Granted, Vim does not yet have an inbuilt News Reader, or an email client, but the core editing functions are very much there, or easily added via plug-ins.

Conclusions

The feeling I get from using Vim is really about efficiency and focus, while Emacs seems to exude more a sense of power. Both can be frustrating at times, often from over-abundance of features than anything else, and hidden functionality that takes years to internalize before returns are gained.

Vim and Emacs are both excellent editors, and share a lot in common. The complexity, feature-richness, and the high learning curve are the ones that stand out the most. Also, the vibrant community around both editors is a shared characteristic.

Editor wars aside, both are very competent and complex pieces of software, and will serve the user well, provided an investment is made in learning the unique interfaces that both exhibit.

As for me, I do not anticipate leaving the Emacs bandwagon any time soon — especially with significant investments now in the Orgmode work-flow that I have built up over the past few years. However, I do see Vim as another pro-tool in my toolbox, which is definitely going to get a lot more love and use in the days ahead.


Three nifty alternatives to the M-TAB key in Emacs, and a replacement.

The M-<TAB> key in Emacs provides a useful completion function (`completion-at-point’), which tries to complete the current symbol at point to something useful, usually based on other symbols in the buffer which have the current partial symbol as a prefix.

However, using this key is a pain in most OS GUI systems, since it is usually mapped to the Task Switching function as well. Note that the <Alt> key doubles as <Meta> on most keyboards.

Emacs provides two documented alternatives, <Esc>-<TAB> – which requires a trip away from the home rows to the <Esc> key, and “C-M-i”, which is far easier to type.

In fact, there is a third way of inputting an equivalent key sequence: “C-[ C-i”, which is “<Control>-[“ followed by “<Control>-i”.

This works because “<Control>-[“ (that is the left square bracket) is equivalent to the <Esc> key, and also works as a <Meta> key.

control-bracket-2010-09-29-22-06.png

The Alternative to <Meta>

In fact, “C-[“ can be used anywhere a <Meta> is required. E.g.,

M-x” can be replaced with “C-[ x

<Esc> <Esc> <Esc> (to invoke `keyboard-command-quit’) can be replaced with “C-[ C-[ C-[“.

Using “C-[“ instead of <Esc> or <Meta> has the advantage that the key sequences can be invoked from the home screen, reduces hand movement (at least on a QWERTY keyboard), and also helps avoid the finger contortions that are otherwise often needed to access the <Meta> key.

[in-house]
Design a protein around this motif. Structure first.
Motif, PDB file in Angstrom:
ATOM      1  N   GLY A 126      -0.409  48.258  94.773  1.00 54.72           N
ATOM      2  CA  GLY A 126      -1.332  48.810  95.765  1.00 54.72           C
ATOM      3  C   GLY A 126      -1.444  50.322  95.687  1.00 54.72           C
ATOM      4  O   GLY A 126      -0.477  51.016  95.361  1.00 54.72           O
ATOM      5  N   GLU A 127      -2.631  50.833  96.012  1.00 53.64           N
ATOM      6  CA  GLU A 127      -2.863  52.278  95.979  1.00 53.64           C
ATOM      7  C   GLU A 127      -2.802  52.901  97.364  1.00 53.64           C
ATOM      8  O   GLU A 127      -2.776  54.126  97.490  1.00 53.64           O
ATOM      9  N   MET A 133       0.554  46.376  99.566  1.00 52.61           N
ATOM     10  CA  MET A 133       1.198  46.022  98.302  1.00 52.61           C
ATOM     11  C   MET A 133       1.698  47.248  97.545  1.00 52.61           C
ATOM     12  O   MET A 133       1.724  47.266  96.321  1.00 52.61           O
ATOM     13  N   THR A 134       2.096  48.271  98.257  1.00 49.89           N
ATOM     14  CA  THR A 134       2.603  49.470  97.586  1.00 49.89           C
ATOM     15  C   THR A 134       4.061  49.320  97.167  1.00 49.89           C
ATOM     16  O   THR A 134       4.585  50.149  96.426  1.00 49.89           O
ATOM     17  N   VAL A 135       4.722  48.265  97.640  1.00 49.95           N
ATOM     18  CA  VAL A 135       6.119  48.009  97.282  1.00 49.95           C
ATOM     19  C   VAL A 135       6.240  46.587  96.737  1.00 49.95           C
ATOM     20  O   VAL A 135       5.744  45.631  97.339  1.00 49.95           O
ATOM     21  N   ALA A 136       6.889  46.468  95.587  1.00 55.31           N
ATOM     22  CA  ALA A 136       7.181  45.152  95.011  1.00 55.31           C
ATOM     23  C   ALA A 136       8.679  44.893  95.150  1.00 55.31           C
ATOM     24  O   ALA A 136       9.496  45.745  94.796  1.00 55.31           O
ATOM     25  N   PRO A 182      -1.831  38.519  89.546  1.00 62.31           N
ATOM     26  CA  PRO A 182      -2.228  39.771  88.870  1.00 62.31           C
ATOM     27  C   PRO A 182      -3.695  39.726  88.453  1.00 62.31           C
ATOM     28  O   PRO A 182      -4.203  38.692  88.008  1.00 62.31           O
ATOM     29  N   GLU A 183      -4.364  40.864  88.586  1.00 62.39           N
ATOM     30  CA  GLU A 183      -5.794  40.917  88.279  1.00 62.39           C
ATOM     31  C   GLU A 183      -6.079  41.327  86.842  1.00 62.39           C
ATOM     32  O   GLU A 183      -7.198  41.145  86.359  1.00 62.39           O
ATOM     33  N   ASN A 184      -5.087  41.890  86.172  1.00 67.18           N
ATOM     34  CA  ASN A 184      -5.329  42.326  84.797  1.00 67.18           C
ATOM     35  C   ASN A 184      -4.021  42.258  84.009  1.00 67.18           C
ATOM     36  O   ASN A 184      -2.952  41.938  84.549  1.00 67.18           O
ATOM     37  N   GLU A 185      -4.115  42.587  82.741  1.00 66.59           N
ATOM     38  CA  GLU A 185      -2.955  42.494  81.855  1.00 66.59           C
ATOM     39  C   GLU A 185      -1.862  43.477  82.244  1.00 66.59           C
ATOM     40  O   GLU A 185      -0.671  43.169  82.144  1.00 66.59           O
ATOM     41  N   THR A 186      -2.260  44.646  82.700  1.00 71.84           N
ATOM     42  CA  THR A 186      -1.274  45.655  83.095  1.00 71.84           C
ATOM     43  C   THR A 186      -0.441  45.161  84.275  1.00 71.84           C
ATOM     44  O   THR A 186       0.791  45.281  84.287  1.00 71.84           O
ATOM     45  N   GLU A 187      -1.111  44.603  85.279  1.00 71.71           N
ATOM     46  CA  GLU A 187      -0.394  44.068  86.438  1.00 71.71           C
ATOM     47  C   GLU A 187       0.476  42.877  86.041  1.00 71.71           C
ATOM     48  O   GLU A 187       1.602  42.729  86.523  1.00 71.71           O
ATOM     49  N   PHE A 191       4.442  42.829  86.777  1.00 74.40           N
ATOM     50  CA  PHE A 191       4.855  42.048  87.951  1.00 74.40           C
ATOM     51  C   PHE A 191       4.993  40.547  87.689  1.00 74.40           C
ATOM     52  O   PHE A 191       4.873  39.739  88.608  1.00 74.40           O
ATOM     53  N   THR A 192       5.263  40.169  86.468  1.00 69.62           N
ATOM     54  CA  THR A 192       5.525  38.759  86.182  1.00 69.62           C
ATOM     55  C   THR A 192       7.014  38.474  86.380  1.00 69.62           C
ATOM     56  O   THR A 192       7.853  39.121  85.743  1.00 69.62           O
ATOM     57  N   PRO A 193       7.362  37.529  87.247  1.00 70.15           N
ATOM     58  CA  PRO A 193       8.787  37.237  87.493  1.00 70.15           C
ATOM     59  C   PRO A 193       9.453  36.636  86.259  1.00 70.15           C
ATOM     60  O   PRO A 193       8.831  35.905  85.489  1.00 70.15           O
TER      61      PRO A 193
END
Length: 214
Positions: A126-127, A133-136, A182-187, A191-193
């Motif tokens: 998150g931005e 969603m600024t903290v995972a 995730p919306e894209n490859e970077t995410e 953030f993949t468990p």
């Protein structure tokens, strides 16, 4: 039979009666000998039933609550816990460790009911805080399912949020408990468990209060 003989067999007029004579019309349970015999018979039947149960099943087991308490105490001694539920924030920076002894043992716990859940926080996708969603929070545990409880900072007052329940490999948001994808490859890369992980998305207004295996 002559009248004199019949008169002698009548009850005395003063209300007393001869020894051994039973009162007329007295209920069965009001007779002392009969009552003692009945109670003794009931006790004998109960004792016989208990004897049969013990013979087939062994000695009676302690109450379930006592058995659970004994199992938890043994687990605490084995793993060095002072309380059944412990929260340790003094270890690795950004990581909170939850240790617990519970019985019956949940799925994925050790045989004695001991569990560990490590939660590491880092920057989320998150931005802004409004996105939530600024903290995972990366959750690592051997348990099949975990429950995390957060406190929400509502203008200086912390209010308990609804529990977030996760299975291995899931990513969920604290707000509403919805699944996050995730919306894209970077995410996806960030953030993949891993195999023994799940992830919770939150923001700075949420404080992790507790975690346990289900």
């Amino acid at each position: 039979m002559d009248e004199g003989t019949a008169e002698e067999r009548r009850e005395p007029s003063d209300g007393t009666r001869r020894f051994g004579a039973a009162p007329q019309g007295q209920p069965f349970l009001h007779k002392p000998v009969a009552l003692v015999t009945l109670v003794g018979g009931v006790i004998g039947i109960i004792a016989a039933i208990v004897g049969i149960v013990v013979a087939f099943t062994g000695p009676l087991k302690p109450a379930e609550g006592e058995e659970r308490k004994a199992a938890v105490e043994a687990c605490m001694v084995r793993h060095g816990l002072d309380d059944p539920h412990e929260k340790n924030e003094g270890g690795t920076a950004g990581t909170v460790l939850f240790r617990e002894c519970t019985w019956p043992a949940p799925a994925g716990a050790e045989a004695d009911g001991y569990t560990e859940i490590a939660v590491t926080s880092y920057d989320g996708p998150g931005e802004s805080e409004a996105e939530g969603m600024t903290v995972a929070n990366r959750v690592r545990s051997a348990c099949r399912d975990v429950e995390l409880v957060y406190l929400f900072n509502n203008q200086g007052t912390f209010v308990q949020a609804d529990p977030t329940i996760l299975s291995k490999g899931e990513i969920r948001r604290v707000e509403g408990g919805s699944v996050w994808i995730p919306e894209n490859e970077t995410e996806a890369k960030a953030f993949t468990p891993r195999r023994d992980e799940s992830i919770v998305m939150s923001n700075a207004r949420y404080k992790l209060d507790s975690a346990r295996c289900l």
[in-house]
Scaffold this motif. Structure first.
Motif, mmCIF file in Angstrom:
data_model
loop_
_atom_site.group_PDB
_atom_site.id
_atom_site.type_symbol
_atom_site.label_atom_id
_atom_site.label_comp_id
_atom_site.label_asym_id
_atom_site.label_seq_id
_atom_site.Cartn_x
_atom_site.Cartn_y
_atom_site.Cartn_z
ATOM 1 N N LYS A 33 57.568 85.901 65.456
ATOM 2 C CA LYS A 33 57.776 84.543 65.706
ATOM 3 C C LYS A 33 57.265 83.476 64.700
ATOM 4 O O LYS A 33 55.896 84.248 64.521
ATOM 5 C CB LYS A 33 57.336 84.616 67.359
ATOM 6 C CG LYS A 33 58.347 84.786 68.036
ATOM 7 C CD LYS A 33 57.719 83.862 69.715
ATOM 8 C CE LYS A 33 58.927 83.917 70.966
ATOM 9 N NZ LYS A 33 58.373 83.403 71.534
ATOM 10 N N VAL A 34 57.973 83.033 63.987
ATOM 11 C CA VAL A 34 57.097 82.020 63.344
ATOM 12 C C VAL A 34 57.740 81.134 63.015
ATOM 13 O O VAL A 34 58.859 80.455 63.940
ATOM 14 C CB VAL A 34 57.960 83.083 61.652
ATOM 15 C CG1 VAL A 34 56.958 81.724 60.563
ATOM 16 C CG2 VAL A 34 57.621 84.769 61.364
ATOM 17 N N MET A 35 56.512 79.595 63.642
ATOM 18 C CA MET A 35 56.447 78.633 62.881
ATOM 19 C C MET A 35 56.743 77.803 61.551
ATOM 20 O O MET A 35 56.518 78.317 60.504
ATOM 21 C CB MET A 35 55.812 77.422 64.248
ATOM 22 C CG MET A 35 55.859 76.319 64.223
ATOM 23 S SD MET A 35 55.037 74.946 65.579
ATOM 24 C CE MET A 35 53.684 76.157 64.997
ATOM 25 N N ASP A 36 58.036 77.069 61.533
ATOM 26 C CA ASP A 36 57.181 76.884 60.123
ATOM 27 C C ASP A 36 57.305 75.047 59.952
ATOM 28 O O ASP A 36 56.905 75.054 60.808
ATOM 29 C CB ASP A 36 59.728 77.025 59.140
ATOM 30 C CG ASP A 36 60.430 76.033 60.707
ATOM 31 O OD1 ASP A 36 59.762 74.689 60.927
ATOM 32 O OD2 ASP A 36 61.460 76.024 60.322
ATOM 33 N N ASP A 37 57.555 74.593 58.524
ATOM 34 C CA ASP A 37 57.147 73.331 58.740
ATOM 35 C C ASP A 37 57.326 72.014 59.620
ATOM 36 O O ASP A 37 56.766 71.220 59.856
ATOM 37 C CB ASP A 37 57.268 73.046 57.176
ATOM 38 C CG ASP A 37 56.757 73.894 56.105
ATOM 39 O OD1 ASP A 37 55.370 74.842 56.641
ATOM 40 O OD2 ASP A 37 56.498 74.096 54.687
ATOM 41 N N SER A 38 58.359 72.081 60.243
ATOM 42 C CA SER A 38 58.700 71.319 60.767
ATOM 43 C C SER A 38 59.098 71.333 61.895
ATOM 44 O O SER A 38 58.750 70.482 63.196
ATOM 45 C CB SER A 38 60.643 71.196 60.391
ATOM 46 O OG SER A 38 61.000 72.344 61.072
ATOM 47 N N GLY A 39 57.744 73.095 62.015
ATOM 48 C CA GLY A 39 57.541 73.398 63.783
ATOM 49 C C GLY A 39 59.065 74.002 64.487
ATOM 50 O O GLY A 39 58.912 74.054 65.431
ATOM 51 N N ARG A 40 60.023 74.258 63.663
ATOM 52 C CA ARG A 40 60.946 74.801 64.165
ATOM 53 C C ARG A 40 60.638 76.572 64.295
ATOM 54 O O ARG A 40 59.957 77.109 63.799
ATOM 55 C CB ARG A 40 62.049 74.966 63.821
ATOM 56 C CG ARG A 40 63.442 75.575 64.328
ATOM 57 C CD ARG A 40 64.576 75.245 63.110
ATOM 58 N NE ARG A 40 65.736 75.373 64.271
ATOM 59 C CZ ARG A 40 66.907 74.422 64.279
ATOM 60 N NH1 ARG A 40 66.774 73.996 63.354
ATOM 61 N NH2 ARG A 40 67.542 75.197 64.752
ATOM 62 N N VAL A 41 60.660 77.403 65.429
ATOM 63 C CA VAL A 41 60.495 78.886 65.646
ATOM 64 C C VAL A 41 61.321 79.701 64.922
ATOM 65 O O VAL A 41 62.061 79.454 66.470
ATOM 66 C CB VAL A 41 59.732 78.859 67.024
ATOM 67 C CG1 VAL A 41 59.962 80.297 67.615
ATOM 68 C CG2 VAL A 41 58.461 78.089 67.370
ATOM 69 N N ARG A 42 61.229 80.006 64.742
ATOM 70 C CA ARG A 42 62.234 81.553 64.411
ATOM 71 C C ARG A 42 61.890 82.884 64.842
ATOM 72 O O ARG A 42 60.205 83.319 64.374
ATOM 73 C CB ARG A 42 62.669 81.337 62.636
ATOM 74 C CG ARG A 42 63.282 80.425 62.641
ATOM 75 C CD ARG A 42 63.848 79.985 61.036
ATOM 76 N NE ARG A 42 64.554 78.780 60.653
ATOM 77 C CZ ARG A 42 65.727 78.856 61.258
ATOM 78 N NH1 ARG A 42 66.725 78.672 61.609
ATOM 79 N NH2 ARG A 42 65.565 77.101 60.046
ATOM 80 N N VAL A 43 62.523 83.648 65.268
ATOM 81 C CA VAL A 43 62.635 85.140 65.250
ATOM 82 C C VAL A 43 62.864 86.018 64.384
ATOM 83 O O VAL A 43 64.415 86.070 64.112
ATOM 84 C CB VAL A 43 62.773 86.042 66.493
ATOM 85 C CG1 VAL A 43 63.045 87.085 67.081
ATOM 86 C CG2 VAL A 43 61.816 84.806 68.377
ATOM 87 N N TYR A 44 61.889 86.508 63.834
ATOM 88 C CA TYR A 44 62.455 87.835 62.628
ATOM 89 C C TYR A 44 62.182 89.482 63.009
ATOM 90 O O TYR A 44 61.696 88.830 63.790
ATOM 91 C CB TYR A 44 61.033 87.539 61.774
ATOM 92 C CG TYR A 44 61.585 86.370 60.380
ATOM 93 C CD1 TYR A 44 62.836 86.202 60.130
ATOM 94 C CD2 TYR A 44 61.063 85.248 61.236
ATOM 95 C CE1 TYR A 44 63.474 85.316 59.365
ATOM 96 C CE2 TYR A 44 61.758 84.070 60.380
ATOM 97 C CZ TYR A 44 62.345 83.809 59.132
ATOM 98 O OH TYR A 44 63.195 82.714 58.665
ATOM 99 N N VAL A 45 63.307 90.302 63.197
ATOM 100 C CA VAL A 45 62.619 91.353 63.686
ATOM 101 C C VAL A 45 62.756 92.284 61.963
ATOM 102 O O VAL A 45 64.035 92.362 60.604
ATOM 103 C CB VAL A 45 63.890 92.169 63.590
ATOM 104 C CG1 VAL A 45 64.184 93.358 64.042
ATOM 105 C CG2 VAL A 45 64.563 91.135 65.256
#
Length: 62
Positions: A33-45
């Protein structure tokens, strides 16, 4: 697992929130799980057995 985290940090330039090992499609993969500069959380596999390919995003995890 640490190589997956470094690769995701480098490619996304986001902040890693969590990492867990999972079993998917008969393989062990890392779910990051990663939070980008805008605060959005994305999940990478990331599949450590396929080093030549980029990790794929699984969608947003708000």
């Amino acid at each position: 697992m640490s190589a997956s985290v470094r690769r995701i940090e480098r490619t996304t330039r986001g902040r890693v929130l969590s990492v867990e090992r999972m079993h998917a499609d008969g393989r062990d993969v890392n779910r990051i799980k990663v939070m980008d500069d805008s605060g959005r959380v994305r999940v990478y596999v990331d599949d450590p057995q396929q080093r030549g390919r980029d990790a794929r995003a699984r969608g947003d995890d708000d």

Note that sequences which involve both <Meta> and <Control> keys can also be invoked, as long as the “C-[“ is entered first. E.g.,

C-M-x” (to invoke `eval-defun’ in an Emacs lisp buffer) can be replaced with “C-[ C-x”.  Sweet.


Emacs 23.2 has been released.

Emacs 23.2 has been released.

The source downloads are available at: ftp.gnu.org/gnu/emacs/

For those who prefer access to the VCS, the read-only bzr URL is:

http://bzr.savannah.gnu.org/r/emacs/emacs-23.

Enjoy!


Converting from TaskPaper to Emacs Org-Mode

Why TaskPaper and Org-Mode?

TaskPaper is a simple and elegant task management software for the OSX platform. It combines the simplicity of a text micro-format to mark the tasks, and the elegance of a Mac UI. It also provides a quick launch time and a nice system-wide quick entry window that is accessible with a single shortcut key.

tasks.png

taskpapercapturewindow.png

I have been a heavy user of Emacs’ Org-Mode for some years now, and love the power and flexibility it offers for tracking not just outlines and tasks, but any text based item, including notes and calendar entries. In fact Org-Mode has become one of the primary software that I use regularly, every day.

So where does the link between TaskPaper and Org-Mode come in? Both are text based, and have their own light-weight formats to define outlines and tasks. The underlying files are plain text with the meaning readable even when not viewed by the appropriate software. Org-Mode is obviously much more feature rich than TaskPaper, which by design keeps things simple.

However, there is one big difference that has led me to looking at integration: Org-Mode is Emacs based and hence takes ages to launch. TaskPaper on the other hand launches in under a second, and also offers a nice quick entry form that is available system-wide via a a global short-cut key.

Emacs aficionados will protest now – after all – Emacs is meant to be launched and never shutdown! This is true, but in my usage patterns, Emacs does get closed once in a while and having to launch it just to make a few quick Org-Mode entries (even with the excellent remember mode) becomes a pain.